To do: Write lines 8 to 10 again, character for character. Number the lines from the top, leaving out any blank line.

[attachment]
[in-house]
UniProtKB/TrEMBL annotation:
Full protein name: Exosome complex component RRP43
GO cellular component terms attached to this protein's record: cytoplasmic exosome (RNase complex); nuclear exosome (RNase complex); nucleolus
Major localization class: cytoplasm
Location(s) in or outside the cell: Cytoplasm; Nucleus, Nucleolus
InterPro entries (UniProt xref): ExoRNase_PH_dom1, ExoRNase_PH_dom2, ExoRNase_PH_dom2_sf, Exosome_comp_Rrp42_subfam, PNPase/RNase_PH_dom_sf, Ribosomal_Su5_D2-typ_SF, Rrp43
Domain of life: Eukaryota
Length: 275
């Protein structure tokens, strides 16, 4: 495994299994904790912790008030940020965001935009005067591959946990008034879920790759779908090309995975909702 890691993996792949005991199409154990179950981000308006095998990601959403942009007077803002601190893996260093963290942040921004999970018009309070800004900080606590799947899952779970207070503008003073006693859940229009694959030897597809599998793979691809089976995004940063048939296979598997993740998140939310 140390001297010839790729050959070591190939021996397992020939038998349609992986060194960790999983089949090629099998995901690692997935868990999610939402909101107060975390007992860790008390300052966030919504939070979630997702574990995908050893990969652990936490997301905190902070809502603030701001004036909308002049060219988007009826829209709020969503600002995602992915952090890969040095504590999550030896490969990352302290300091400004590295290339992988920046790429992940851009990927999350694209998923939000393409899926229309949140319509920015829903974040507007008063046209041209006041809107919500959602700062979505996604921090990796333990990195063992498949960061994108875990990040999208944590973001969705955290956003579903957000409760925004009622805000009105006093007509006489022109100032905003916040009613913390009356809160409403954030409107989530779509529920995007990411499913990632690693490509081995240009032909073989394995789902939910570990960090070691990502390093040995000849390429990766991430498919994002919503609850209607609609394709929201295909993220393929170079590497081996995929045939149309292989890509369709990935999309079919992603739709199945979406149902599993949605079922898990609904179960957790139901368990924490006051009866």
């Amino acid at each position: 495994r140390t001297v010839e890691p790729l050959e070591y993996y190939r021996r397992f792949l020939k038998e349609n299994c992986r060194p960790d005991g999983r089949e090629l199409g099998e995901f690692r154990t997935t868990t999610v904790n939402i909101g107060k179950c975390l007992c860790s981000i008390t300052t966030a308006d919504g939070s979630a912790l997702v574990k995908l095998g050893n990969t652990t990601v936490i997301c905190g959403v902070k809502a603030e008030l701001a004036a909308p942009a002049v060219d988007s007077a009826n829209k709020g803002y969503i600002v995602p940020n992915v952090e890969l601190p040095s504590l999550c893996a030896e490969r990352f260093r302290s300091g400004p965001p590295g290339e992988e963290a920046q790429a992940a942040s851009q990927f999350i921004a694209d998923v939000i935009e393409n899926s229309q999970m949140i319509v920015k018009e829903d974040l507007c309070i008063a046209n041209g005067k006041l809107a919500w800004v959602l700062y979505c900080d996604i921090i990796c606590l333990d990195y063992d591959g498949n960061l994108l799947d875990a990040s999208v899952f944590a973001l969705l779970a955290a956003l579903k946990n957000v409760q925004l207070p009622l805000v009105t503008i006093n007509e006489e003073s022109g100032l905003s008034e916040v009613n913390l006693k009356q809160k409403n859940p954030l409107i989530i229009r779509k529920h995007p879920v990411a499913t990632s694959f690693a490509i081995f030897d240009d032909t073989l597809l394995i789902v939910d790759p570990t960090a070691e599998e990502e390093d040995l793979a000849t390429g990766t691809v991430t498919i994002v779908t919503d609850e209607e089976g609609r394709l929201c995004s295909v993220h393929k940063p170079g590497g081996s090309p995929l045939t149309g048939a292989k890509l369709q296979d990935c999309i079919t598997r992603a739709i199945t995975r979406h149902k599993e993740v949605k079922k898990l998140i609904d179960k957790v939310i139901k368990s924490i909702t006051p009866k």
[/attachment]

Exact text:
Domain of life: Eukaryota
Length: 275
């Protein structure tokens, strides 16, 4: 495994299994904790912790008030940020965001935009005067591959946990008034879920790759779908090309995975909702 890691993996792949005991199409154990179950981000308006095998990601959403942009007077803002601190893996260093963290942040921004999970018009309070800004900080606590799947899952779970207070503008003073006693859940229009694959030897597809599998793979691809089976995004940063048939296979598997993740998140939310 140390001297010839790729050959070591190939021996397992020939038998349609992986060194960790999983089949090629099998995901690692997935868990999610939402909101107060975390007992860790008390300052966030919504939070979630997702574990995908050893990969652990936490997301905190902070809502603030701001004036909308002049060219988007009826829209709020969503600002995602992915952090890969040095504590999550030896490969990352302290300091400004590295290339992988920046790429992940851009990927999350694209998923939000393409899926229309949140319509920015829903974040507007008063046209041209006041809107919500959602700062979505996604921090990796333990990195063992498949960061994108875990990040999208944590973001969705955290956003579903957000409760925004009622805000009105006093007509006489022109100032905003916040009613913390009356809160409403954030409107989530779509529920995007990411499913990632690693490509081995240009032909073989394995789902939910570990960090070691990502390093040995000849390429990766991430498919994002919503609850209607609609394709929201295909993220393929170079590497081996995929045939149309292989890509369709990935999309079919992603739709199945979406149902599993949605079922898990609904179960957790139901368990924490006051009866």